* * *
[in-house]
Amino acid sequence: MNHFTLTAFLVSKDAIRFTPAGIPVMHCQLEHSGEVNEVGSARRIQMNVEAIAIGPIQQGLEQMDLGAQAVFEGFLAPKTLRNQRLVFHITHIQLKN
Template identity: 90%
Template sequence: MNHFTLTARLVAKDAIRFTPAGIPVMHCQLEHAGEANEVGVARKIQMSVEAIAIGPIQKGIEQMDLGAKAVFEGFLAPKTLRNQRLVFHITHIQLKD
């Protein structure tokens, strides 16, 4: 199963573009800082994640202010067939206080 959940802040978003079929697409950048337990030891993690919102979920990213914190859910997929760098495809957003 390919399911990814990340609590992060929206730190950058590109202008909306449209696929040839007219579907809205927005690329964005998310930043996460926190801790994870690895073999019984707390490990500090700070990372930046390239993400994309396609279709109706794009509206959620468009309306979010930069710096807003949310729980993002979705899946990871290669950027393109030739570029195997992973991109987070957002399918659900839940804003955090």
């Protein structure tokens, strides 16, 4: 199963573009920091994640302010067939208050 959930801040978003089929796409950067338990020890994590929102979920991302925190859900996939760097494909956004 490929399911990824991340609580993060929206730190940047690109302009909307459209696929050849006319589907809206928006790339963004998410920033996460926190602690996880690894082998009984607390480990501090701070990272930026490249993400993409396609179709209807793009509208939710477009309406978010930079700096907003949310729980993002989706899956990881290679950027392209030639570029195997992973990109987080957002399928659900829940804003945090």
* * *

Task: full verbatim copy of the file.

[in-house]
Amino acid sequence: MNHFTLTAFLVSKDAIRFTPAGIPVMHCQLEHSGEVNEVGSARRIQMNVEAIAIGPIQQGLEQMDLGAQAVFEGFLAPKTLRNQRLVFHITHIQLKN
Template identity: 90%
Template sequence: MNHFTLTARLVAKDAIRFTPAGIPVMHCQLEHAGEANEVGVARKIQMSVEAIAIGPIQKGIEQMDLGAKAVFEGFLAPKTLRNQRLVFHITHIQLKD
């Protein structure tokens, strides 16, 4: 199963573009800082994640202010067939206080 959940802040978003079929697409950048337990030891993690919102979920990213914190859910997929760098495809957003 390919399911990814990340609590992060929206730190950058590109202008909306449209696929040839007219579907809205927005690329964005998310930043996460926190801790994870690895073999019984707390490990500090700070990372930046390239993400994309396609279709109706794009509206959620468009309306979010930069710096807003949310729980993002979705899946990871290669950027393109030739570029195997992973991109987070957002399918659900839940804003955090």
């Protein structure tokens, strides 16, 4: 199963573009920091994640302010067939208050 959930801040978003089929796409950067338990020890994590929102979920991302925190859900996939760097494909956004 490929399911990824991340609580993060929206730190940047690109302009909307459209696929050849006319589907809206928006790339963004998410920033996460926190602690996880690894082998009984607390480990501090701070990272930026490249993400993409396609179709209807793009509208939710477009309406978010930079700096907003949310729980993002989706899956990881290679950027392209030639570029195997992973990109987080957002399928659900829940804003945090």